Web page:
Transitioning from Preprimary to Primary at TNCS

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These preprimary students are very excited to be working with Montessori materials at age 2!

Accommodating children from ages 2 years through 10 years (and soon to be 12 years) and ultimately comprising four programs, including preprimary, primary, elementary, and middle school, The New Century School has always focused on how to make the transition from program to program as smooth as possible for students. Continuity is built into the school’s approach, arising as a very natural consequence from its philosophy and mission. No matter what point a TNCS student starts from, he or she is headed toward the same basic goals of self-motivated inquiry and discovery as well as how to be a nice person along the way.

tiny-TNCS-tot-explores-multiple-dimensions-with-Graduated-Cylinder-Blocks

This tiny TNCS tot is exploring multiple dimensions with the Graduated Cylinder Blocks.

Perhaps the most challenging transition that TNCS students (and their parents) face is moving from the preprimary program up to the primary program when the child turns at least 3 years old. At age 2, they might well still be in diapers—still babies, practically—then, a year later, they enter a completely new milieu, with new teachers, new classmates (most of whom are older), and a whole new set of expectations. They become, in short, tiny students.

Historically, this shift has always been more difficult for the parents. The toddlers, meanwhile, accept these changes more or less in stride, even eagerly. It’s safe to say that the children’s ability to adapt so quickly and so well has a lot to do with TNCS’s very well-considered transitional process. On Thursday, February 5th, Head of School Alicia Danyali and the three preprimary teachers, Mrs. Reynolds, Lin Laoshi, and Señora Ramos held a Preprimary Workshop to walk parents through what this process entails. It was a full house; preprimary parents are clearly curious, if not anxious, about what lies ahead for their kids. Rest assured, Mrs. Danyali’s and the teachers’ presentations allayed all concerns!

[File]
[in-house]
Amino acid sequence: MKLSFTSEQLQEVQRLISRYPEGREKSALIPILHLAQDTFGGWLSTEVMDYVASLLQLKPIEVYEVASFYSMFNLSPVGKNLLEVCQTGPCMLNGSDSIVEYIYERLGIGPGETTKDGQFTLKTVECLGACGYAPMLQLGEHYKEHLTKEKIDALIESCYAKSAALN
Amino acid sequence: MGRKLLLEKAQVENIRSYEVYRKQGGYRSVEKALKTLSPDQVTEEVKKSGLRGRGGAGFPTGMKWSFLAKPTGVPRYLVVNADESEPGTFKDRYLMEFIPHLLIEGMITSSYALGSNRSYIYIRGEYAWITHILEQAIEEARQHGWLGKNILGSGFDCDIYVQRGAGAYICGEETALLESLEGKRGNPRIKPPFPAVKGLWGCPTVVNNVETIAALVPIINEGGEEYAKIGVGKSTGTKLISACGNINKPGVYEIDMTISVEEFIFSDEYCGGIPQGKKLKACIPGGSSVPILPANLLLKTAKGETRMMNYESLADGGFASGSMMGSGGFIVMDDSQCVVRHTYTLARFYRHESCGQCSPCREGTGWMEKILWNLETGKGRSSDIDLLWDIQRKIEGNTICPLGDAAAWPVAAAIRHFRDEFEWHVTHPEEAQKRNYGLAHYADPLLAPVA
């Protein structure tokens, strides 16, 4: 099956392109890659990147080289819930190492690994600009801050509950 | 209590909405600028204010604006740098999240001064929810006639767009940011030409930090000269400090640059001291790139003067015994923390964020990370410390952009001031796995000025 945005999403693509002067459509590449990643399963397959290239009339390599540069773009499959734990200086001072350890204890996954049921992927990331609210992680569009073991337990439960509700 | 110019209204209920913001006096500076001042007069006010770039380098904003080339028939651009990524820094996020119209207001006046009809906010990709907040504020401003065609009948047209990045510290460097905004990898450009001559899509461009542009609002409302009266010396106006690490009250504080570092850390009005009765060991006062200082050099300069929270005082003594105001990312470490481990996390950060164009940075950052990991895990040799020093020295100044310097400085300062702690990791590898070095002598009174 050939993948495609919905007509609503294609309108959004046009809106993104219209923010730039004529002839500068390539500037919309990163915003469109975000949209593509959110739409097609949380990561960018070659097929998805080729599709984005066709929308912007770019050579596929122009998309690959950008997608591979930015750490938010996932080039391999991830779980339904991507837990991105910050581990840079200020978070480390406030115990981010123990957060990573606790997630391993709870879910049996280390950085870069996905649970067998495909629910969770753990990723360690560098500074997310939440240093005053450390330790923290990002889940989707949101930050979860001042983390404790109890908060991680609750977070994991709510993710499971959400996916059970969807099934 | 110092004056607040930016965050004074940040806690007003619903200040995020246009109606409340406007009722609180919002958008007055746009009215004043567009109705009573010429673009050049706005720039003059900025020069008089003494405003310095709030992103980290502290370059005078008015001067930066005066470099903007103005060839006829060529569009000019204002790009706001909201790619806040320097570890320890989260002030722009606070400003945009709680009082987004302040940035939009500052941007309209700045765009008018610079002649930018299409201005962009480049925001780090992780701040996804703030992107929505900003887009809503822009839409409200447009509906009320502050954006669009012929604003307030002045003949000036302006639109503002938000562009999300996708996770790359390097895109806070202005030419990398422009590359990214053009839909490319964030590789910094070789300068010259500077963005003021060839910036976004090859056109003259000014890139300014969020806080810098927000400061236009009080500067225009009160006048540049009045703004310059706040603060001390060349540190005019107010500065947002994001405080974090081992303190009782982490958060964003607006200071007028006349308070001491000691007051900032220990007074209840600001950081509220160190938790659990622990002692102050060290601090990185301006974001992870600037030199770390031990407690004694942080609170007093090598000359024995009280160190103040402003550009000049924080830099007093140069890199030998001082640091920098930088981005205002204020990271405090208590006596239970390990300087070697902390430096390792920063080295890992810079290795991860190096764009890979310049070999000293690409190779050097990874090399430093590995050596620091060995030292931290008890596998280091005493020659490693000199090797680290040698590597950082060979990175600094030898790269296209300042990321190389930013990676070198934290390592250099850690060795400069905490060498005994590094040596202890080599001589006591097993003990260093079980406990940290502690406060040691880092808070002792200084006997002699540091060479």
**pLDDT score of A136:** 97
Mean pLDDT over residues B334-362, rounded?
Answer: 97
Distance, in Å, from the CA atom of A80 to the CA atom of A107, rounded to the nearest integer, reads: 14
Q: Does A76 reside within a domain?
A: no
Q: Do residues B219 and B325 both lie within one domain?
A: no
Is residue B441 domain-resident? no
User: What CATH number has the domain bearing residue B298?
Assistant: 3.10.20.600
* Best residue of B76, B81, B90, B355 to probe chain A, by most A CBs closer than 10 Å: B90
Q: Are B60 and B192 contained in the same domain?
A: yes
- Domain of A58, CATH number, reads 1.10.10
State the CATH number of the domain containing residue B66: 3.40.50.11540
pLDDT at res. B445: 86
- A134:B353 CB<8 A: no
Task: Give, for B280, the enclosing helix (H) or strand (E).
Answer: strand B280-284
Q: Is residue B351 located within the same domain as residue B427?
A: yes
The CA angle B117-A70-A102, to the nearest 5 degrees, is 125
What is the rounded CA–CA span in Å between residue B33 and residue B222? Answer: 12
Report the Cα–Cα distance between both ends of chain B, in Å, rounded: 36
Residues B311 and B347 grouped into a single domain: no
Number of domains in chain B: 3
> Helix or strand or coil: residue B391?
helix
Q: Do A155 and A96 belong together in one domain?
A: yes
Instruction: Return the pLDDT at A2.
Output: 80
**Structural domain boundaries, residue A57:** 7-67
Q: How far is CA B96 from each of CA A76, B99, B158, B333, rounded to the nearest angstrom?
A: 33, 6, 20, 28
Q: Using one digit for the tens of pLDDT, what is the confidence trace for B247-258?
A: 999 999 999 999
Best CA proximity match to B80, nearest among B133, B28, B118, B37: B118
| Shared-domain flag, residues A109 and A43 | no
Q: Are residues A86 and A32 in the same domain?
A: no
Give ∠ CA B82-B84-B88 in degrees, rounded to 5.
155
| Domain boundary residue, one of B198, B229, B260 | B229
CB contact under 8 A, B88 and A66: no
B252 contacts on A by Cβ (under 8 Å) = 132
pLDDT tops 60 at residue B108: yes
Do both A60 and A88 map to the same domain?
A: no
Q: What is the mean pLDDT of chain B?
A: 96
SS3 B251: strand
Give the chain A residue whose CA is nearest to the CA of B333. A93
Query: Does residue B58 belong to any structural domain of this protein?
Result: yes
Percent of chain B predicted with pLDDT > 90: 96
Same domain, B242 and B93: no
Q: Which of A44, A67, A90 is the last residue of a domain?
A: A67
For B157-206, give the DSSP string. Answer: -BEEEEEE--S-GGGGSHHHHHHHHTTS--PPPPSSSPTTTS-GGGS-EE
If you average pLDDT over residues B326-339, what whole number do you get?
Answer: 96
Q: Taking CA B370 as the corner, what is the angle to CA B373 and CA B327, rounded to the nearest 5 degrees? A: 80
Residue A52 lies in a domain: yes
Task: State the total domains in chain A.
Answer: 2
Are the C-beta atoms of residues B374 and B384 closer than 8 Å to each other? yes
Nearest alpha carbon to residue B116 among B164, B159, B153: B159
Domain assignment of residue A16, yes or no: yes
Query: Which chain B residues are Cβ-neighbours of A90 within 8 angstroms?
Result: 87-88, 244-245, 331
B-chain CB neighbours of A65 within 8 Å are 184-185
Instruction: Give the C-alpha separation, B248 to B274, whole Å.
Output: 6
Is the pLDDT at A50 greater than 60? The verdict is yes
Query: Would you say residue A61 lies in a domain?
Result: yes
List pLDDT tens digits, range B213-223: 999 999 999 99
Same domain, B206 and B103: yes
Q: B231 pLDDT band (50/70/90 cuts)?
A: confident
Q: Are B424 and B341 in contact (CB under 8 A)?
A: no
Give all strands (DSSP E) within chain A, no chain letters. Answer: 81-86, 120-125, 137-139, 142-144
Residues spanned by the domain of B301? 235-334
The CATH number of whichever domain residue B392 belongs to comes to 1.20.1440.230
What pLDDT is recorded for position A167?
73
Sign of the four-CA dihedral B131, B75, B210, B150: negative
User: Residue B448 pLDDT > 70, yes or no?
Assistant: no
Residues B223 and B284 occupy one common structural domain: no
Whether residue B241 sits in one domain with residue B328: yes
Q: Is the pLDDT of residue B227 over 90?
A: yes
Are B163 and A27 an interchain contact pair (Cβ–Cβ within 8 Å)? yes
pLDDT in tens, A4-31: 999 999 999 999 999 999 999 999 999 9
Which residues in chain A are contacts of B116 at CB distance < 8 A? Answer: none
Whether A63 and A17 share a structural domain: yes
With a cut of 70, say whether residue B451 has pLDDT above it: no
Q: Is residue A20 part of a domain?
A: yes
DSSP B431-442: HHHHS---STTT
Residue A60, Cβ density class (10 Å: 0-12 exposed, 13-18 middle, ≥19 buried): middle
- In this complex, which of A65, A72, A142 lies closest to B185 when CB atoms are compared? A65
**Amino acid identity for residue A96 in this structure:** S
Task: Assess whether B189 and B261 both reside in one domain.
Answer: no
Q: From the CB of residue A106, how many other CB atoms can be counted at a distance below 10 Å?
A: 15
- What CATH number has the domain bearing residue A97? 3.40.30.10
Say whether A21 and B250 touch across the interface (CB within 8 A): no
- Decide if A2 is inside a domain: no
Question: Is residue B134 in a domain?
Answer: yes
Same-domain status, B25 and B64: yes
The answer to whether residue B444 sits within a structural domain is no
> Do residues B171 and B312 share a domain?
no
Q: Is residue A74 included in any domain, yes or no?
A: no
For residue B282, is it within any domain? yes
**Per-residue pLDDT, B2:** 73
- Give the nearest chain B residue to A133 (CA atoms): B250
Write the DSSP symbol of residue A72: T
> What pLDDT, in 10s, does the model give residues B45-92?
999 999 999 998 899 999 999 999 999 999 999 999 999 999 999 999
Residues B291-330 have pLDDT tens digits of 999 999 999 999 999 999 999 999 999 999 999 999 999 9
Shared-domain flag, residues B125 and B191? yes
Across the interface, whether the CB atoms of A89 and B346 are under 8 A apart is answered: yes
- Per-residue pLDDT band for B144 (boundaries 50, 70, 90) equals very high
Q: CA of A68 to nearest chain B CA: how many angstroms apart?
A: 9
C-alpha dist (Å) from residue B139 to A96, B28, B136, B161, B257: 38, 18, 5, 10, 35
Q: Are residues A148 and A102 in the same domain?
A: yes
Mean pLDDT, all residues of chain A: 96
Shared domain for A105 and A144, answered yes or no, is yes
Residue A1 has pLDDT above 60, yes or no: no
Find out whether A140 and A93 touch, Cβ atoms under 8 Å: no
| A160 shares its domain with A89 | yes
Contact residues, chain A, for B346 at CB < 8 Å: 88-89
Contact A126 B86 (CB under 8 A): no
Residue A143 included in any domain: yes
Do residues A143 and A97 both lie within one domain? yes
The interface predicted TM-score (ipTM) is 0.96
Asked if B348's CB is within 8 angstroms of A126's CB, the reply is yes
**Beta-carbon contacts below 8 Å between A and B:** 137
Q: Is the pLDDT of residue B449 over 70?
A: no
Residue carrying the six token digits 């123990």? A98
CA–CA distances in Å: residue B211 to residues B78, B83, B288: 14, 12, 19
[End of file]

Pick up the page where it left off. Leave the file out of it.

The talk focused on three key aspects of the move to the primary program: 1) the differences between the two programs, 2) the necessary milestones each child must have met in order to move up, and 3) how each child is placed in one of the four primary classrooms. All of these themes are interrelated, as will become clear.

Differences Between TNCS Preprimary and Primary Programs

The two biggest differences between the programs is that the primary classroom is not a language immersion environment, and it is a classic Montessori environment. These differences start to become less striking, however, when you consider that the children are introduced to the Montessori materials as well as the Montessori teaching style of nurturing guidance the moment they step foot into the TNCS preprimary classroom. Thus, 3-year-olds will enter the primary classroom with a good deal of familiarity with their surroundings and with the manipulative materials they will be working with. And, as with the preprimary classroom, the primary classroom is specially engineered and furnished to accommodate their size. For more on how the Montessori classroom functions at TNCS, please read previous Immersed posts “Language, Math, and Science—Montessori Style!,” “Inside the Montessori Classroom,” and “Preschool Conundrum Solved: Research Demonstrates Benefits of Montessori Education.” The main point here is that Maria Montessori knew that kids need, above all else, to feel secure for optimal development; therefore, in the TNCS Montessori primary classroom, new skills are introduced when the child is ready for them, not when the calendar arbitrarily dictates.